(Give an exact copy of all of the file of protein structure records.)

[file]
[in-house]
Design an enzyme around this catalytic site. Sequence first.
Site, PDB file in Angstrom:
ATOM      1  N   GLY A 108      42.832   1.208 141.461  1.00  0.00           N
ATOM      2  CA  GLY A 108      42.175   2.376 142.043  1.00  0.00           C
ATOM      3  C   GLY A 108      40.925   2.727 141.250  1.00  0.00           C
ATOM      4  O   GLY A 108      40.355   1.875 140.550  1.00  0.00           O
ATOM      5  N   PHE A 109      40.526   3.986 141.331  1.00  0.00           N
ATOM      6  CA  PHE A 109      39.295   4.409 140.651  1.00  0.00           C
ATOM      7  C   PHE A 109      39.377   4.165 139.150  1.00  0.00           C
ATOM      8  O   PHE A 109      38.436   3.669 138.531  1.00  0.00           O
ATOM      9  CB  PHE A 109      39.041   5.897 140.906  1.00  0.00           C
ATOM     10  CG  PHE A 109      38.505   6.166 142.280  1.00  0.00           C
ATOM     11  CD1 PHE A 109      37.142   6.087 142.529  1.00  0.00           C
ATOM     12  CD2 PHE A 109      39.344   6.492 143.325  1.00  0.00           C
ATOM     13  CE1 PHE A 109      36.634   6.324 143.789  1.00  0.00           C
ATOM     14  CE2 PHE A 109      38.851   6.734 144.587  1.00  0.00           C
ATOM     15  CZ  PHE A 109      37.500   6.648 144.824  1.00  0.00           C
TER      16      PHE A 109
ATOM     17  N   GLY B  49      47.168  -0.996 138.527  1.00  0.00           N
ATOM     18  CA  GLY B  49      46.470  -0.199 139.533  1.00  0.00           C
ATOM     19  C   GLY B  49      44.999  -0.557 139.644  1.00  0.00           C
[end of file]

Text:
[in-house]
Design an enzyme around this catalytic site. Sequence first.
Site, PDB file in Angstrom:
ATOM      1  N   GLY A 108      42.832   1.208 141.461  1.00  0.00           N
ATOM      2  CA  GLY A 108      42.175   2.376 142.043  1.00  0.00           C
ATOM      3  C   GLY A 108      40.925   2.727 141.250  1.00  0.00           C
ATOM      4  O   GLY A 108      40.355   1.875 140.550  1.00  0.00           O
ATOM      5  N   PHE A 109      40.526   3.986 141.331  1.00  0.00           N
ATOM      6  CA  PHE A 109      39.295   4.409 140.651  1.00  0.00           C
ATOM      7  C   PHE A 109      39.377   4.165 139.150  1.00  0.00           C
ATOM      8  O   PHE A 109      38.436   3.669 138.531  1.00  0.00           O
ATOM      9  CB  PHE A 109      39.041   5.897 140.906  1.00  0.00           C
ATOM     10  CG  PHE A 109      38.505   6.166 142.280  1.00  0.00           C
ATOM     11  CD1 PHE A 109      37.142   6.087 142.529  1.00  0.00           C
ATOM     12  CD2 PHE A 109      39.344   6.492 143.325  1.00  0.00           C
ATOM     13  CE1 PHE A 109      36.634   6.324 143.789  1.00  0.00           C
ATOM     14  CE2 PHE A 109      38.851   6.734 144.587  1.00  0.00           C
ATOM     15  CZ  PHE A 109      37.500   6.648 144.824  1.00  0.00           C
TER      16      PHE A 109
ATOM     17  N   GLY B  49      47.168  -0.996 138.527  1.00  0.00           N
ATOM     18  CA  GLY B  49      46.470  -0.199 139.533  1.00  0.00           C
ATOM     19  C   GLY B  49      44.999  -0.557 139.644  1.00  0.00           C